When Roman marble sculpture was rediscovered in the Renaissance, it emerged from more than a millennium of burial essentially devoid of its ancient polychromy. The monochromatic appearance of these works gave rise to new, modern canons of sculpture characterized by an emphasis on form with little consideration of color. In antiquity, however, Greek (50.11.4) and Roman (81.6.48) sculpture was originally richly embellished with colorful painting, gilding, silvering, and inlay. Such polychromy, which was integral to the meaning and immediacy of such works, has largely been lost in burial and survives today only in fragmentary condition.
Depictions of statuary in Roman wall paintings (03.14.13) provide an indication of their diverse appearances in antiquity. Some marble sculptures were completely painted and gilded, effectively obscuring the marble surface; others had more limited, selective polychromy used to emphasize details such as the hair, eyes, and lips and accompanying attributes.
Roman artists used a wide range of pigments, painting media, and surface applications to embellish their marble sculptures. Ancient authors, especially Pliny the Elder and Vitruvius, provide important information about these materials and express great admiration for the virtuoso technique of contemporary sculptors who developed a technical refinement unparalleled in classical antiquity. White marble itself was prized for its brilliant translucency, ability to take finely carved detail, and flawless uniformity. A vast array of colored marbles and other stones were also quarried from throughout the Roman world to create numerous colorful statues (09.221.6) of often dazzling appearance.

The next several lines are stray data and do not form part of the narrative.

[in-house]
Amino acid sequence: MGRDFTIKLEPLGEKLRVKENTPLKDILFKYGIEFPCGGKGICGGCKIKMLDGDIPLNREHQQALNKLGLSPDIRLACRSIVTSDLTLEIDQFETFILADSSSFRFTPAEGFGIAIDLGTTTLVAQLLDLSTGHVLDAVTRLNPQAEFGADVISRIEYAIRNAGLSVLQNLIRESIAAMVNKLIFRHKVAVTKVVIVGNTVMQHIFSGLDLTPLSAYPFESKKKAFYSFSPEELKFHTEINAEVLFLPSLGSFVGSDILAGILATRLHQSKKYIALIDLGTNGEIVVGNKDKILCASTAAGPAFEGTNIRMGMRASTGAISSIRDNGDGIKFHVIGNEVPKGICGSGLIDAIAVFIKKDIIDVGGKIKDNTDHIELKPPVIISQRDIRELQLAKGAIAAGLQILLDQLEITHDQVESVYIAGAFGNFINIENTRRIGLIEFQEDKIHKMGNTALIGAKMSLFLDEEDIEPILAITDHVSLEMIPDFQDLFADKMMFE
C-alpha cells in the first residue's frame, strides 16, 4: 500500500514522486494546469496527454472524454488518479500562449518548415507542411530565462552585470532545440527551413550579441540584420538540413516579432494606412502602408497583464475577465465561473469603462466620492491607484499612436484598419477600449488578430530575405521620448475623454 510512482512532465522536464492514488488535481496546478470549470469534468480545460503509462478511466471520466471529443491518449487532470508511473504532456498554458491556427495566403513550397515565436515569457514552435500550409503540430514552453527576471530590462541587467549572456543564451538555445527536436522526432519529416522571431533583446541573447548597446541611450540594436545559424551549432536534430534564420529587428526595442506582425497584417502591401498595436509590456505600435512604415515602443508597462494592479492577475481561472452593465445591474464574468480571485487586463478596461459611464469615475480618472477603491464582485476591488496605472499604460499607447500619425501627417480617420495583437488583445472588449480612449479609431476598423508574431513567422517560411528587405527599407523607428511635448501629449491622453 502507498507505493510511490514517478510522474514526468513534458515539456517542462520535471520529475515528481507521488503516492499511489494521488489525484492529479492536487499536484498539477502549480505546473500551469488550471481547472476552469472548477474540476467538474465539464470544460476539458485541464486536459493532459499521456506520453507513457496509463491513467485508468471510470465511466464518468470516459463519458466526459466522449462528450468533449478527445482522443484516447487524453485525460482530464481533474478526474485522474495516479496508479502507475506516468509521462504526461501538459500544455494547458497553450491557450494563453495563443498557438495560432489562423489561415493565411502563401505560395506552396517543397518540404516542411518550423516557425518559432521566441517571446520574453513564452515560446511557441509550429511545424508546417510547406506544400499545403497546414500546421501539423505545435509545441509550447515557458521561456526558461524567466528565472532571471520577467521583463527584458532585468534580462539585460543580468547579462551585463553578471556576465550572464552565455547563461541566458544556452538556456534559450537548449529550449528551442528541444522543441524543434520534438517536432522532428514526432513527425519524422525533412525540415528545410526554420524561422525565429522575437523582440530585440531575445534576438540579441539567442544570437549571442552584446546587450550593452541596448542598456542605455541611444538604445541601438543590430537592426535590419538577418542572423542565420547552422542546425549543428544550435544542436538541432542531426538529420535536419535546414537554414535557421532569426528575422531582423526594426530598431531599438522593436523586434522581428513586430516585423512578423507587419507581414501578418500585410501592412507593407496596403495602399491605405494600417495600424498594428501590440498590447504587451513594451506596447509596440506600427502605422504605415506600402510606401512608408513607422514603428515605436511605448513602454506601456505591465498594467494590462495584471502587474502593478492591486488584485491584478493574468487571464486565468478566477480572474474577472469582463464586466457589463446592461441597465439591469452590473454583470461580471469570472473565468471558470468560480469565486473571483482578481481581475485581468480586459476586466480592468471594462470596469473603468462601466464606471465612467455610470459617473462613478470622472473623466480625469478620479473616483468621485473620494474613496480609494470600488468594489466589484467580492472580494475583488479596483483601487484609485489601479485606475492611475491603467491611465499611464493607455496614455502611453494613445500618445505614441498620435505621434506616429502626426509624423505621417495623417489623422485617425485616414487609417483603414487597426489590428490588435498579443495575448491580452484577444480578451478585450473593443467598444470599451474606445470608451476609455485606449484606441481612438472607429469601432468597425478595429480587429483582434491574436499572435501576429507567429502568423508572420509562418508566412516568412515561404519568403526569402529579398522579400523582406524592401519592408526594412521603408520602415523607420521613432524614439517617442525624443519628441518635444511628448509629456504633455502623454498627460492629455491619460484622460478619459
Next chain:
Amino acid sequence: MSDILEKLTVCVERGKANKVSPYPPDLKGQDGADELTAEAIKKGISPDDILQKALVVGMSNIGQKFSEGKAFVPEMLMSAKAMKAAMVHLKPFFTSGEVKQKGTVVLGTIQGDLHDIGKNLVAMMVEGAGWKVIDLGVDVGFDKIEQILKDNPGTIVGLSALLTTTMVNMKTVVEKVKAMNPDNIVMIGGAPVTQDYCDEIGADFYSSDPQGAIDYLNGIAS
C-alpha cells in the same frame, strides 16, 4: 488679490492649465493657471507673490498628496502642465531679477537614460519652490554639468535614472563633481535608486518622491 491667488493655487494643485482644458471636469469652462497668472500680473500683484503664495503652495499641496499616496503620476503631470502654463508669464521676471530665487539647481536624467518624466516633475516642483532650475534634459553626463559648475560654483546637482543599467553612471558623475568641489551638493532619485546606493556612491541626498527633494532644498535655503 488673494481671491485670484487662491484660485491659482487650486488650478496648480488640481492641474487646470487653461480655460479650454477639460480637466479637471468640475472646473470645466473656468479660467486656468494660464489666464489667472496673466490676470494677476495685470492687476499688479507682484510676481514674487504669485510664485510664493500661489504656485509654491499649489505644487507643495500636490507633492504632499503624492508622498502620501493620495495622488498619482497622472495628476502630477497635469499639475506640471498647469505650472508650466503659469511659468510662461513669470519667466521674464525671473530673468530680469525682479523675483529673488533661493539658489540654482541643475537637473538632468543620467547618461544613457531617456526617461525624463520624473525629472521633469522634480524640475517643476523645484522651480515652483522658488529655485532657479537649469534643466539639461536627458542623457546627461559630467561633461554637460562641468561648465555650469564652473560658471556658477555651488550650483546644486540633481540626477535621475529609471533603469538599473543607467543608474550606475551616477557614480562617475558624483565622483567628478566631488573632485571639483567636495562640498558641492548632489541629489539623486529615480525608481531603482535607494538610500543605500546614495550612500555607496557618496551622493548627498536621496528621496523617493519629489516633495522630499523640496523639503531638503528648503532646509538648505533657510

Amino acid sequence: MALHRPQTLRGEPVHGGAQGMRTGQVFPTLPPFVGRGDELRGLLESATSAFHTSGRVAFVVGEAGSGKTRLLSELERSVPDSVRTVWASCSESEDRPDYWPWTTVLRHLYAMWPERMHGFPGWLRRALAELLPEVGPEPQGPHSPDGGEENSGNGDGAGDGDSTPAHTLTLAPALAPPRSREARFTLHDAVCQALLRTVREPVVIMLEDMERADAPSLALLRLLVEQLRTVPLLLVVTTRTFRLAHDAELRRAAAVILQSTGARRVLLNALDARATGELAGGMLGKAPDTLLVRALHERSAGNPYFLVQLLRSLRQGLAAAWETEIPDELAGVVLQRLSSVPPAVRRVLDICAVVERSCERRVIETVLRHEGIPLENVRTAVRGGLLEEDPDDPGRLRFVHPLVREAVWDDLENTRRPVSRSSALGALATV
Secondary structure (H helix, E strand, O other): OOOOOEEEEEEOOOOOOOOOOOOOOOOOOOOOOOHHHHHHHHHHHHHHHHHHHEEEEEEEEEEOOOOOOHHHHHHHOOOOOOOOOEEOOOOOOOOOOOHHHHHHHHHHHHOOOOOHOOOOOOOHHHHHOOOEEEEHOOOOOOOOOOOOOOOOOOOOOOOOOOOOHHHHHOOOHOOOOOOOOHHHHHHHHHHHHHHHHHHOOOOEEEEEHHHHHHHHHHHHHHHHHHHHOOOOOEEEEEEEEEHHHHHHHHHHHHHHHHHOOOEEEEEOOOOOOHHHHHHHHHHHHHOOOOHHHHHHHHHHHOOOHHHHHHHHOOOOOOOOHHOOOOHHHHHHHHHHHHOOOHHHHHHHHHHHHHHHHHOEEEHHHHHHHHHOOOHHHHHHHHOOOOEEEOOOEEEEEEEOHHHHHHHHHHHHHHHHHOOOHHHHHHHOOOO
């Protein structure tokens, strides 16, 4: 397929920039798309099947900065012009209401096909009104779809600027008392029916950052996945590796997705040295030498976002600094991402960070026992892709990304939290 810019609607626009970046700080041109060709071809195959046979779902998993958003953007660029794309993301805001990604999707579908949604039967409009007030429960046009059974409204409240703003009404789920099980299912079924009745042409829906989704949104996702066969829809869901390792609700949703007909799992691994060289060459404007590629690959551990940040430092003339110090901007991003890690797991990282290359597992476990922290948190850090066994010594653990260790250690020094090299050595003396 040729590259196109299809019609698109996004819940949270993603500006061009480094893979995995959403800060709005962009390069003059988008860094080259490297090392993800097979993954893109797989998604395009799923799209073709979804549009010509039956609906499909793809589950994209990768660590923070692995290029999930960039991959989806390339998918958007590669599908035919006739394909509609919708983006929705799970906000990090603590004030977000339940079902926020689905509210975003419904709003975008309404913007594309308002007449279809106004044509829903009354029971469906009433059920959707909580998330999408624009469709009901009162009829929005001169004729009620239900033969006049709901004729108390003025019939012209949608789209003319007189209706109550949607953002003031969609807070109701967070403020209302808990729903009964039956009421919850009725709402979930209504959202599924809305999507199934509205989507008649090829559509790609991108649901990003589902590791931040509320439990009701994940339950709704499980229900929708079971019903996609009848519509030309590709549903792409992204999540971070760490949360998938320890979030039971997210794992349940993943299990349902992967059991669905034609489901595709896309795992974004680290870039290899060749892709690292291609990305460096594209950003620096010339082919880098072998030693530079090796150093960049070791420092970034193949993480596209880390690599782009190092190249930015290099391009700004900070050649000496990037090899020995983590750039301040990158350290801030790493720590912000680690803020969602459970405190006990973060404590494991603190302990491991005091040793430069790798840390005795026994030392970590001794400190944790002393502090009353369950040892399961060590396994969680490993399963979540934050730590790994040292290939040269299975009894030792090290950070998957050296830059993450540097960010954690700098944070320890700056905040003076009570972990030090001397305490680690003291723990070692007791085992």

Burial, early modern restoration practices, and historic cleaning methods have all reduced the polychromy on Roman marble sculptures. Many works, however, preserve important evidence of their original polychrome decoration. Such remains are inevitably fragmentary and have altered over time, making it difficult to reconstruct their exact appearance in antiquity with certainty. Nevertheless, through a host of techniques—including microscopic examination, ultraviolet and infrared photography, and different types of material analysis—it is possible to gain valuable insight into the original appearance of these ancient works of art.
Abbe, Mark B. “Polychromy of Roman Marble Sculpture.” In Heilbrunn Timeline of Art History. New York: The Metropolitan Museum of Art, 2000–. http://www.metmuseum.org/toah/hd/prms/hd_prms.htm (April 2007)
Pliny the Elder, Natural History, XXXV–VI.
Vitruvius, De Architectura, VII.
Brinkmann, Vinzenz, and Raimund Wünsche, eds. Color of the Gods: Painted Sculpture in Classical Antiquity. Munich: Stiftung Arch&uaml;ologie, 2007.
Grossman, Janet Burnett. Looking at Greek and Roman Sculpture in Stone. Los Angeles: Getty Museum, 2003.